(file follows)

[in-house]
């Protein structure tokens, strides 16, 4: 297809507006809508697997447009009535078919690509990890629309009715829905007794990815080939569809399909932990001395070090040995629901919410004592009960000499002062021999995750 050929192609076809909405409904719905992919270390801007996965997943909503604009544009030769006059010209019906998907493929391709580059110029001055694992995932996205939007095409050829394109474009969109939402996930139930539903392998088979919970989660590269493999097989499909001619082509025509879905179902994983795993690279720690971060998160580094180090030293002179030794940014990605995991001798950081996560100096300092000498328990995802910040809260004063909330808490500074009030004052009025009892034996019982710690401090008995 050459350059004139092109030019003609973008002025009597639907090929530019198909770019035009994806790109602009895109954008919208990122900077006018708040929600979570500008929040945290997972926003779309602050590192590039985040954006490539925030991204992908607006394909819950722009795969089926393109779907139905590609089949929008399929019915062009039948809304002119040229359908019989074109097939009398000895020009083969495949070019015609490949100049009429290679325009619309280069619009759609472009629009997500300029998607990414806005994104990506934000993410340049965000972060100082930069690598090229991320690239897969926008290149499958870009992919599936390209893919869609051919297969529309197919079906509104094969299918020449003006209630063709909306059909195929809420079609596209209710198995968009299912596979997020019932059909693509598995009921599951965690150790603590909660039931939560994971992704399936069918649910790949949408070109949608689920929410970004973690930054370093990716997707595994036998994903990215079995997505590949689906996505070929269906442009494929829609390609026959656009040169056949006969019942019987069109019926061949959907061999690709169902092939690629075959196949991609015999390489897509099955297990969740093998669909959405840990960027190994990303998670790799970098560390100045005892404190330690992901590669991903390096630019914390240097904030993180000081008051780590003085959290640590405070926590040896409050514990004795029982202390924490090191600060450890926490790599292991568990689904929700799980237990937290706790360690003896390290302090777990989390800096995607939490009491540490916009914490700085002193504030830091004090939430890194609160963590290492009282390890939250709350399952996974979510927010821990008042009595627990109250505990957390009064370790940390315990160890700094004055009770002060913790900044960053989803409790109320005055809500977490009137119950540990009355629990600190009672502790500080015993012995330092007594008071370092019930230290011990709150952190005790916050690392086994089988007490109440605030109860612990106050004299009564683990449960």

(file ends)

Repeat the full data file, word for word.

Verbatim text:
[in-house]
């Protein structure tokens, strides 16, 4: 297809507006809508697997447009009535078919690509990890629309009715829905007794990815080939569809399909932990001395070090040995629901919410004592009960000499002062021999995750 050929192609076809909405409904719905992919270390801007996965997943909503604009544009030769006059010209019906998907493929391709580059110029001055694992995932996205939007095409050829394109474009969109939402996930139930539903392998088979919970989660590269493999097989499909001619082509025509879905179902994983795993690279720690971060998160580094180090030293002179030794940014990605995991001798950081996560100096300092000498328990995802910040809260004063909330808490500074009030004052009025009892034996019982710690401090008995 050459350059004139092109030019003609973008002025009597639907090929530019198909770019035009994806790109602009895109954008919208990122900077006018708040929600979570500008929040945290997972926003779309602050590192590039985040954006490539925030991204992908607006394909819950722009795969089926393109779907139905590609089949929008399929019915062009039948809304002119040229359908019989074109097939009398000895020009083969495949070019015609490949100049009429290679325009619309280069619009759609472009629009997500300029998607990414806005994104990506934000993410340049965000972060100082930069690598090229991320690239897969926008290149499958870009992919599936390209893919869609051919297969529309197919079906509104094969299918020449003006209630063709909306059909195929809420079609596209209710198995968009299912596979997020019932059909693509598995009921599951965690150790603590909660039931939560994971992704399936069918649910790949949408070109949608689920929410970004973690930054370093990716997707595994036998994903990215079995997505590949689906996505070929269906442009494929829609390609026959656009040169056949006969019942019987069109019926061949959907061999690709169902092939690629075959196949991609015999390489897509099955297990969740093998669909959405840990960027190994990303998670790799970098560390100045005892404190330690992901590669991903390096630019914390240097904030993180000081008051780590003085959290640590405070926590040896409050514990004795029982202390924490090191600060450890926490790599292991568990689904929700799980237990937290706790360690003896390290302090777990989390800096995607939490009491540490916009914490700085002193504030830091004090939430890194609160963590290492009282390890939250709350399952996974979510927010821990008042009595627990109250505990957390009064370790940390315990160890700094004055009770002060913790900044960053989803409790109320005055809500977490009137119950540990009355629990600190009672502790500080015993012995330092007594008071370092019930230290011990709150952190005790916050690392086994089988007490109440605030109860612990106050004299009564683990449960």